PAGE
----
Booth also coached the U.S. Juniors Boys Team at the World Ultimate Championships in 1998 and 2000, winning the gold and bronze medals respectively. In 2004, she coached this team again with Michael Baccarini and they took home the gold, with a victory over the Canadian juniors in the finals. She is currently working on a book about ultimate with Michael Baccarini, which is due out this month!

In 2001 Tiina founded the National Ultimate Training Camp, the first overnight Ultimate camp in the world. Since it’s first year with only one session of 28 campers, NUTC has expanded into 3 sessions of 100 campers each. Campers have come in from all over the US and several foreign countries.

In 2007 along with George Cooke, Booth founded the Ultimate Coaches and Players Conference. The conference brings together Ultimate personalities from all over the US for a full day of lectures, panel discussions, and the Ultimate Expo.

She has coached such players as Stephen Rouisse (Colorado University, Johnny Bravo), Josh Ziperstein (Chain, Brown, DoG, 2005 US World Games team), Darden Pitts (DoG), and Will Neff (Twisted Metal).


George Cooke

George Cooke: I was born in Philadelphia in 1964. I moved around a bit as kid, but grew up primarily in Ithaca, NY. I was introduced to the sport of Ultimate in 1976 at Hampshire College , where my father was teaching summer school mathematics. I also developed an interest in music while in high school, and the Cornell Ultimate furthered my interest in Ultimate. My friends and I formed the first Ithaca High School team in 1981. I attended UMASS/Amherst and played for ZooDisc in the fall of 1982. I dropped out of the sport in 1983 to pursue a career in music. It was at UMASS that I met my wife and we were married in 1992.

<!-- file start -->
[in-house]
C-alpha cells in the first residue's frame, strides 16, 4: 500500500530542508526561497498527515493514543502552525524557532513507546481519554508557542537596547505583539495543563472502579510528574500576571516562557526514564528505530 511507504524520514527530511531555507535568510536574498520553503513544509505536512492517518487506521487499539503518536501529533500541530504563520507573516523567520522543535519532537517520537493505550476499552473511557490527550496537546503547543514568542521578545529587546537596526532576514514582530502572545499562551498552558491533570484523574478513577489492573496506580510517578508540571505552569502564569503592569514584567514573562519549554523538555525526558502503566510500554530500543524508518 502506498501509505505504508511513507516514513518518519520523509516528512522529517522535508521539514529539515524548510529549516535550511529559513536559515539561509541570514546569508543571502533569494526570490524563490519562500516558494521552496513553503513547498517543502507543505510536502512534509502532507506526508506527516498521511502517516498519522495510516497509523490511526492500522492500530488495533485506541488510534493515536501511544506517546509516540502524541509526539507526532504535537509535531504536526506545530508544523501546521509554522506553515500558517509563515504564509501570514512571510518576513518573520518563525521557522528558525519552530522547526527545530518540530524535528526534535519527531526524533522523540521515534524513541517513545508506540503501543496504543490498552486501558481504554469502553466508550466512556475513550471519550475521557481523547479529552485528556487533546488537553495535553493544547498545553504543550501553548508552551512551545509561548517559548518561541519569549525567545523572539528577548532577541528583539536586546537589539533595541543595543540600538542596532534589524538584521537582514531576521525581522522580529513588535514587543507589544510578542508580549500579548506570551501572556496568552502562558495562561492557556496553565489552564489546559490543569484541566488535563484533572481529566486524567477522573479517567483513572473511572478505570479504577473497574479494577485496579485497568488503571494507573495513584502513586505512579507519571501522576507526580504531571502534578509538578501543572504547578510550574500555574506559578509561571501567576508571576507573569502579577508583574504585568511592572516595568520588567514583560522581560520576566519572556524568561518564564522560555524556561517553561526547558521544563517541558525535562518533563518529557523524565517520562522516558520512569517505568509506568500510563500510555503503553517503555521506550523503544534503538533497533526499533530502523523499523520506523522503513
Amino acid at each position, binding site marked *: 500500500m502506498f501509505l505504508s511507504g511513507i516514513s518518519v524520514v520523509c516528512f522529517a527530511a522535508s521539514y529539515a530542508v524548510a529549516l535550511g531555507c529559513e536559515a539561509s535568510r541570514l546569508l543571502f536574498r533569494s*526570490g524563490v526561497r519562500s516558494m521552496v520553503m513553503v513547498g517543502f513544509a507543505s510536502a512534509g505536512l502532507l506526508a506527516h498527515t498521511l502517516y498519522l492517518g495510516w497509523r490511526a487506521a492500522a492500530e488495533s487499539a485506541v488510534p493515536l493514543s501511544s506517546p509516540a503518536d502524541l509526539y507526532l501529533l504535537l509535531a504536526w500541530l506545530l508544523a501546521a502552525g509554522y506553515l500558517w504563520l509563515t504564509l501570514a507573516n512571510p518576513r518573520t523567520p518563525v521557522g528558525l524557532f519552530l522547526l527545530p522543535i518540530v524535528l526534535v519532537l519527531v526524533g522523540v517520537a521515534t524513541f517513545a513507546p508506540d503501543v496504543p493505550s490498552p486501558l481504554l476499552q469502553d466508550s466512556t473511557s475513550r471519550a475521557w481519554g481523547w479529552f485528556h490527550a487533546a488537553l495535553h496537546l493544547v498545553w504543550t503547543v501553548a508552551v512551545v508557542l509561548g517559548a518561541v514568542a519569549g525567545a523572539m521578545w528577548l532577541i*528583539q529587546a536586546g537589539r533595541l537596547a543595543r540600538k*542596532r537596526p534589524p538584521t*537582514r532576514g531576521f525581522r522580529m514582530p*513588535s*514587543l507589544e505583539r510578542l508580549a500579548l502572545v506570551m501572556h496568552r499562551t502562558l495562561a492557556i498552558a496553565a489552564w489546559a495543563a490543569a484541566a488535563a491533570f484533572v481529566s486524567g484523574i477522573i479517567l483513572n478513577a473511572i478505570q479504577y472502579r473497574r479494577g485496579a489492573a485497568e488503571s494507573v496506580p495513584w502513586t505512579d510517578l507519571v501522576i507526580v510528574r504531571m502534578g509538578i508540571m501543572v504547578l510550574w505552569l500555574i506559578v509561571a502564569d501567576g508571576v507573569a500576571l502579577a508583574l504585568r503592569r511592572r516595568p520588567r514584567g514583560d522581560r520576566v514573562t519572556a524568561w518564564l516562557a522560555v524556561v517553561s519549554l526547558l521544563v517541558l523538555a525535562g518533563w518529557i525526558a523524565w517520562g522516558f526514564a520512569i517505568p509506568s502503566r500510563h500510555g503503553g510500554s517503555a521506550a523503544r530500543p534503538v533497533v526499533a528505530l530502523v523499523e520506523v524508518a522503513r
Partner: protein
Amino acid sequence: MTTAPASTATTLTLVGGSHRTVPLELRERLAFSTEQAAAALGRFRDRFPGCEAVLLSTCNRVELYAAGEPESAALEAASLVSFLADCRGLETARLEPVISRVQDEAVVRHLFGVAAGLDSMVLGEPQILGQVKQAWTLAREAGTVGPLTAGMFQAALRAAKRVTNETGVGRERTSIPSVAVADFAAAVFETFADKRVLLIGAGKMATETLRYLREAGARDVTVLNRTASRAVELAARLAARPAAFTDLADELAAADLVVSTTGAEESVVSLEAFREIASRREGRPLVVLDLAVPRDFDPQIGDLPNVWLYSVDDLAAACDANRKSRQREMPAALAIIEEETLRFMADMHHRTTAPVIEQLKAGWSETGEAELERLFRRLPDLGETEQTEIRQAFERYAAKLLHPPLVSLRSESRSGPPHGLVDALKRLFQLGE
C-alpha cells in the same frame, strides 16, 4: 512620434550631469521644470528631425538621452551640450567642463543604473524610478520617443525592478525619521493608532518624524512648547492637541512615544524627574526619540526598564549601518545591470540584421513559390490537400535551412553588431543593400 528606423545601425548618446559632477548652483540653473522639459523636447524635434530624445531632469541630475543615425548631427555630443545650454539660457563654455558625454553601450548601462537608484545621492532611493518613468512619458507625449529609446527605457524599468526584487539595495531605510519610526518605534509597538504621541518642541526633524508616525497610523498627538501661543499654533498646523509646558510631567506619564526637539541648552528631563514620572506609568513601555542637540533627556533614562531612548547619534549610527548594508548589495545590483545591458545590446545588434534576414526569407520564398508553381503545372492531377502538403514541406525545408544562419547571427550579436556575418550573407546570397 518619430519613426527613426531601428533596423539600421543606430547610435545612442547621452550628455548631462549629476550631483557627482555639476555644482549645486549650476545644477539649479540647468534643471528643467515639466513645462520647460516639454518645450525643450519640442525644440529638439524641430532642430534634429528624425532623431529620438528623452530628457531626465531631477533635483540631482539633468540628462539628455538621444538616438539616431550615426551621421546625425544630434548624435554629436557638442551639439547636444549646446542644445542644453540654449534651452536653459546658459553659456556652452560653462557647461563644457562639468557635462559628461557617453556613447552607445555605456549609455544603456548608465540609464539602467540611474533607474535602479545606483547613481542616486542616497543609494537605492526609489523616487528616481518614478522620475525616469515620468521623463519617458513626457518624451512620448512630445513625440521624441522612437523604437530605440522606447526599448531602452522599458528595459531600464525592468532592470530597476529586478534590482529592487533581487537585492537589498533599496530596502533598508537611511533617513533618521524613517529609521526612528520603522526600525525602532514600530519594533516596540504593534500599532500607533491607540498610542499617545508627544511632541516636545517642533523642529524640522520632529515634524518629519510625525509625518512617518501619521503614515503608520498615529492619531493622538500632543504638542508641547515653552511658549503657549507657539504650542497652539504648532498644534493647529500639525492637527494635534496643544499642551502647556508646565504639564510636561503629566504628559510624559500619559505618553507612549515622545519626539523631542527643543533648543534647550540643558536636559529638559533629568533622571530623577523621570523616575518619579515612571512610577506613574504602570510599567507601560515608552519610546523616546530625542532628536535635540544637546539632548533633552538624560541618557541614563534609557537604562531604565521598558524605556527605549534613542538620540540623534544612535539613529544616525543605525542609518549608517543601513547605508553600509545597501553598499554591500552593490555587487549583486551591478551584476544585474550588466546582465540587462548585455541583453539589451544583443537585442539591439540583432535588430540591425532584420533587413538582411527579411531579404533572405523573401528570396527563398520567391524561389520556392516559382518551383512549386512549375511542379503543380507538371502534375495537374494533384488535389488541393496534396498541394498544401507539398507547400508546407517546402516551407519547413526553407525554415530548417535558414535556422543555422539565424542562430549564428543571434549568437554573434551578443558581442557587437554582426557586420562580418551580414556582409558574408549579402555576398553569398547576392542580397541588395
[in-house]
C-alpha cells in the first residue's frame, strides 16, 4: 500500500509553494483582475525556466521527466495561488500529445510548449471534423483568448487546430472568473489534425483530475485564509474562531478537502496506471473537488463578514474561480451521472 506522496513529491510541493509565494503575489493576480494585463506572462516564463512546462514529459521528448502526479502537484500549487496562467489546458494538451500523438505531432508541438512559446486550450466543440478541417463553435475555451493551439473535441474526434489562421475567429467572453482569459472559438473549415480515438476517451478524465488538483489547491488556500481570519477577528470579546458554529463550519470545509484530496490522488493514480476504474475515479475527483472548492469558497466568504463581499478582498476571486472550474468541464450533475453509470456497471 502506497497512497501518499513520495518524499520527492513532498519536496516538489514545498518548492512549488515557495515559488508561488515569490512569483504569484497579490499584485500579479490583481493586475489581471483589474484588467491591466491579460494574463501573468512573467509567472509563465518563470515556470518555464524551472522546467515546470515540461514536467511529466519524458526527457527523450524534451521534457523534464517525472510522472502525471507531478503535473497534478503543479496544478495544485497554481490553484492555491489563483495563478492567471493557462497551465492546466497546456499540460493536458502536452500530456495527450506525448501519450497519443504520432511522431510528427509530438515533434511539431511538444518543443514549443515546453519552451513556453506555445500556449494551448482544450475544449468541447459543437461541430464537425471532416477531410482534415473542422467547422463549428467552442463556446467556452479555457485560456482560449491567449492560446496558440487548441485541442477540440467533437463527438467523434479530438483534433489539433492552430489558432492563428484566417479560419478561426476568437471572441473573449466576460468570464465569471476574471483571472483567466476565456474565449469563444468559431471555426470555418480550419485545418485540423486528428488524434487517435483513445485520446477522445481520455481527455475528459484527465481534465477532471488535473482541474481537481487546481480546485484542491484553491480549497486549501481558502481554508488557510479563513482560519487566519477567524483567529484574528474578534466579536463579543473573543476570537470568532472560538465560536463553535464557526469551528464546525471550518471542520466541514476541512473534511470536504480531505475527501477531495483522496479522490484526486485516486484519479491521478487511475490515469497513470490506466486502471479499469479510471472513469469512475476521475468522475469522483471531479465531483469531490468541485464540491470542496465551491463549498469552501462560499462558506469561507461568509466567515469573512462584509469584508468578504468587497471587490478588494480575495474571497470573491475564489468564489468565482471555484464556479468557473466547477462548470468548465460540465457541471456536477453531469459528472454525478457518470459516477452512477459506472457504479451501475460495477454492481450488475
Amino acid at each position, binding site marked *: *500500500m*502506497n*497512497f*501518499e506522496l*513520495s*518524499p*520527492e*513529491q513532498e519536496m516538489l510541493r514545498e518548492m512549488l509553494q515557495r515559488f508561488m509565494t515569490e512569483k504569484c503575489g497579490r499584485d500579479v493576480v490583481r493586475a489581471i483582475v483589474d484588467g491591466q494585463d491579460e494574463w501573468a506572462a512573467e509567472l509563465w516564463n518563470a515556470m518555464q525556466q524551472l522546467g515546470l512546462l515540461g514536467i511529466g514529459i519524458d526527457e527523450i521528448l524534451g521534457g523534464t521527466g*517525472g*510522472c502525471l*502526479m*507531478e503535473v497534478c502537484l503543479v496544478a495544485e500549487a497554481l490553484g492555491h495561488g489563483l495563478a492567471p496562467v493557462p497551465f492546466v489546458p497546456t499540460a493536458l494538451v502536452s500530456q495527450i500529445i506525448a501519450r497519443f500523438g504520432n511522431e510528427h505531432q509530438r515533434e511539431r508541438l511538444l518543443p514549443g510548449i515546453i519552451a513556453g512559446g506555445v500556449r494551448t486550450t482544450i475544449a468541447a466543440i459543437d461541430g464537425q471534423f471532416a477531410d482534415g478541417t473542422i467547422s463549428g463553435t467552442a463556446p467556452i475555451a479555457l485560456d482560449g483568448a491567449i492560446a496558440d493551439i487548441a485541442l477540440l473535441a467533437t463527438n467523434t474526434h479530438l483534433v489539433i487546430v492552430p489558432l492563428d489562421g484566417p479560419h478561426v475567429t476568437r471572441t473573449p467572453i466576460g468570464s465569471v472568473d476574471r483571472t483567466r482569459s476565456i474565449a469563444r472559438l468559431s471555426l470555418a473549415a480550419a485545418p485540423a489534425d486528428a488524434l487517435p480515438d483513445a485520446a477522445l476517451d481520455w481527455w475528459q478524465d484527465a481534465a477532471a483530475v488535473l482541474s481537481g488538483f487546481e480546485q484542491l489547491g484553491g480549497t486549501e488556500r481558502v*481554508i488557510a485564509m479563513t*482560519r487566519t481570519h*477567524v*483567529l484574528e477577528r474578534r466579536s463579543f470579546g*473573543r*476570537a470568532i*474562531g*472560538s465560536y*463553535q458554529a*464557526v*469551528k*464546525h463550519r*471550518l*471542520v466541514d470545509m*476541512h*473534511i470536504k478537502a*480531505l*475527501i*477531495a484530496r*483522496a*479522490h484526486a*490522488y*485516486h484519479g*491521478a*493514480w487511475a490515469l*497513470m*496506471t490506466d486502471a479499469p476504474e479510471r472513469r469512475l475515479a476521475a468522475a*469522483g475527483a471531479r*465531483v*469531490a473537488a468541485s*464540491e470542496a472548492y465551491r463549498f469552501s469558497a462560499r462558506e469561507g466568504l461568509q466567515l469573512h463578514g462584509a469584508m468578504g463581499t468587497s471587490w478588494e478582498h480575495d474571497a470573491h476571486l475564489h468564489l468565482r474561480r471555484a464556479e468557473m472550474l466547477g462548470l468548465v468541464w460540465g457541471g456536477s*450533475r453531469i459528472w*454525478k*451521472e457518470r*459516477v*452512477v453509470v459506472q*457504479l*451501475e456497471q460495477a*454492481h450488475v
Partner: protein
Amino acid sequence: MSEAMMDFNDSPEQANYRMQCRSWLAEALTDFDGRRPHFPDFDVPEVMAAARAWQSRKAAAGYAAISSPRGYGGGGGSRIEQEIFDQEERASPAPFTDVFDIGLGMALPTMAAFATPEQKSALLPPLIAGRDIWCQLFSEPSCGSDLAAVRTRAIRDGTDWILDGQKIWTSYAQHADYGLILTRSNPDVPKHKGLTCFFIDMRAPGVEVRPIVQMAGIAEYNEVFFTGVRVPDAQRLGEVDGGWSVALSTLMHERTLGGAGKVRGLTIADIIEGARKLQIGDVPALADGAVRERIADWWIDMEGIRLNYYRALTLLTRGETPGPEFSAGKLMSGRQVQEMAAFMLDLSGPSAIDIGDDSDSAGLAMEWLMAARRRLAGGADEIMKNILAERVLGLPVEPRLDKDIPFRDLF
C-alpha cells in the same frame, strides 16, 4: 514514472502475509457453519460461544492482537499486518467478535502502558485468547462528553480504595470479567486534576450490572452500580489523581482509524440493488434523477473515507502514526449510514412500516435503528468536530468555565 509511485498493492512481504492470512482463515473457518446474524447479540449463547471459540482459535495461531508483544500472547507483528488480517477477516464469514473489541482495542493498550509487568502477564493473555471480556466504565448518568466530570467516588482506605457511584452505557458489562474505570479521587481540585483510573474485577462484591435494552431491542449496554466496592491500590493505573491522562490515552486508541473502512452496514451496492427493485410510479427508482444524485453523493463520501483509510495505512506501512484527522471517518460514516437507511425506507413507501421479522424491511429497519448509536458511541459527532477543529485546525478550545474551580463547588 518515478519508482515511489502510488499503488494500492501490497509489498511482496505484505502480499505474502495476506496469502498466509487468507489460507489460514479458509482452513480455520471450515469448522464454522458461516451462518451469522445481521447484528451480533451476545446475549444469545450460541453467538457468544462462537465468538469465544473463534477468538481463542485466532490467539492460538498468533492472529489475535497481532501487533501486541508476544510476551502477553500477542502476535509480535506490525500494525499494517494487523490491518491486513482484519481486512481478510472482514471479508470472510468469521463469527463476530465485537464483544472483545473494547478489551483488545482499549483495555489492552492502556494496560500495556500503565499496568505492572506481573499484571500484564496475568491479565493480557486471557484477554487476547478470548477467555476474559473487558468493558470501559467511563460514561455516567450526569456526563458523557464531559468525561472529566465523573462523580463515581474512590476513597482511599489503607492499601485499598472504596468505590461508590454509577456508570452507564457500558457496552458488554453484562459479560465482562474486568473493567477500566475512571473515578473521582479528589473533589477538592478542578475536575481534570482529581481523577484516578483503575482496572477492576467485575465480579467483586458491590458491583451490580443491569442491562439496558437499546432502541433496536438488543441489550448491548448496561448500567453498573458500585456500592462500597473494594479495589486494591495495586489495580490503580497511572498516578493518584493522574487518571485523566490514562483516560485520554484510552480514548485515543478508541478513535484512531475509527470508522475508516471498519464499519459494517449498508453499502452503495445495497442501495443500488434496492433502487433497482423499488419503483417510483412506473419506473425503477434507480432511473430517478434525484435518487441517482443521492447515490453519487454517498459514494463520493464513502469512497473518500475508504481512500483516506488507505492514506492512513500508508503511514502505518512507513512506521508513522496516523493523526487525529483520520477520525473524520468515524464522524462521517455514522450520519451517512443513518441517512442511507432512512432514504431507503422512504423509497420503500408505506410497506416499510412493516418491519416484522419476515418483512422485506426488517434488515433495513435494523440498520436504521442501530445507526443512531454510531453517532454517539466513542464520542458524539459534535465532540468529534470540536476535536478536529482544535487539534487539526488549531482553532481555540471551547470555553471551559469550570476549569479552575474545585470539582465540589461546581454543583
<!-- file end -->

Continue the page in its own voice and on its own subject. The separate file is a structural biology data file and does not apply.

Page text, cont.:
My wife and I moved to Boston in 1991, prior to getting married. I started working at Boston College, where I work now in the theater department. I pursued fame and fortune as a musician in the early 1990′s, but had more success as a sound engineer as I toured the country several times. Our daughter was born in 1997, and it was then that I was re-introduced to Ultimate. I made my debut at Nationals in the Mixed Div at the age of 35. I retired as a player in 2005, and I have been coaching the Wellesley College team since 2003. My family currently lives in Newton, Mass.

If you’d like to read more about George head on over to his website.


Lots of the information from Tiina’s bio was taken from and

The UltiVerse – ep1 – About This Site

Site Stuff 5 Comments

Listen in to find out what this site is all about.